I find it hard to recommend Diner based upon entertainment value alone, but the movie does provide an excellent window into the roots of the American Trad style of dress. It is also fun to watch this group of famous actors in some of their earliest roles.

Starting Over

Through a much improved diet and increased exercise I have managed to lose about thirty pounds in the last eight weeks.  I am in better shape now at age forty than I was at any time in my thirties.  I plan to lose an additional fifteen pounds in the coming weeks.  That will put me back where I was when I graduated from college fifteen years ago.  While this has been great for my health, my energy level, and my self esteem, it has been brutal to my wardrobe.  So far I’ve lost an inch out of my neck, two through my chest and three from my waist.  At the end of this journey I will be left with shoes, socks and neckties.  Everything else must be replaced.  I will be starting over.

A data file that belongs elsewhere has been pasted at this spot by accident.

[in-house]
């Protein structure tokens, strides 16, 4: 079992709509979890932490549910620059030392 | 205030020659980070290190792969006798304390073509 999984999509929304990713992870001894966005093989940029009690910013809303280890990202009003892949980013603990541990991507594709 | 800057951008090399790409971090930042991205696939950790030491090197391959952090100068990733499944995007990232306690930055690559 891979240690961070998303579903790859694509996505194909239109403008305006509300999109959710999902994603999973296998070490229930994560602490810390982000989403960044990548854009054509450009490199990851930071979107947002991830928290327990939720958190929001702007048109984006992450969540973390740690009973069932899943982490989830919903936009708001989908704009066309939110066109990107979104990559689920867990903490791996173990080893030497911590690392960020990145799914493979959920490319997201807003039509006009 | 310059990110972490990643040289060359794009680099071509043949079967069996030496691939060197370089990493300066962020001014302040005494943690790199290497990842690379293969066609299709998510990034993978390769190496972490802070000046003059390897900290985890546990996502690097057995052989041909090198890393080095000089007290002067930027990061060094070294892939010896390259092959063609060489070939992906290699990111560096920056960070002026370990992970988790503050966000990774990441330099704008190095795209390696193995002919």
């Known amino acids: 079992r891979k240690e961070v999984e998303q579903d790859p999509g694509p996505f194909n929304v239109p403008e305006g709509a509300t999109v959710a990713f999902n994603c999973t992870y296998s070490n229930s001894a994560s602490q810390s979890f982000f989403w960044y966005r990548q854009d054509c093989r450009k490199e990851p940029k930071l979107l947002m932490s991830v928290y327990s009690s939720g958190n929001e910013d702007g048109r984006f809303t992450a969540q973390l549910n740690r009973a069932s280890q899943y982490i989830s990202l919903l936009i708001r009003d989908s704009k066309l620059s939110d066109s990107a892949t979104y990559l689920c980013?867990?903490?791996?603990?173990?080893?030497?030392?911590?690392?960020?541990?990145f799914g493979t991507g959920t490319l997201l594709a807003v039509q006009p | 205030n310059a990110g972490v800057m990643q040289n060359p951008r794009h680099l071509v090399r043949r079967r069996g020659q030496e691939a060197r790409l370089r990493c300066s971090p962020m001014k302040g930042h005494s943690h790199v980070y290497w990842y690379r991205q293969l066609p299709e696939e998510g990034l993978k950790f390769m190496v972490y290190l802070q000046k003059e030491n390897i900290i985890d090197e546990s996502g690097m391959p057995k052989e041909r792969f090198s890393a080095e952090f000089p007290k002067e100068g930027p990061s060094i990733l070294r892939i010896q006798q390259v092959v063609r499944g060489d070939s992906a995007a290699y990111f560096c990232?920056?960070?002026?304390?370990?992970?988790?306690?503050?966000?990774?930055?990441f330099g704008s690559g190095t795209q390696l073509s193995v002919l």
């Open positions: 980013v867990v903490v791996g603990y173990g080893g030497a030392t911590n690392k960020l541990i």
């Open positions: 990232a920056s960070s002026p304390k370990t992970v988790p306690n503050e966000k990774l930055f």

I am in the same quandary as recent college graduates just entering into the workforce.  On the one hand there is a need to quickly fill ones closet with enough garments to make it through the week.  On the other hand is the desire to take sufficient time to find quality items and fit them into the budget.  I intend to resist the temptation to run out and buy a bunch of off-the-rack clothing.  Instead, I have been putting significant thought and research into prioritizing the rebuilding process.

biddle-in-a-suitI recently ran across an article, written by George Francis Frazier, Jr., that has provided some measure of guidance.  The article, “The Art of Wearing Clothes,” was originally published in the September 1960 issue of Esquire.  The text of the full article can be found at The Materialist.  In the article Frazier details the history of male attire and names his list of the best dressed men of his time.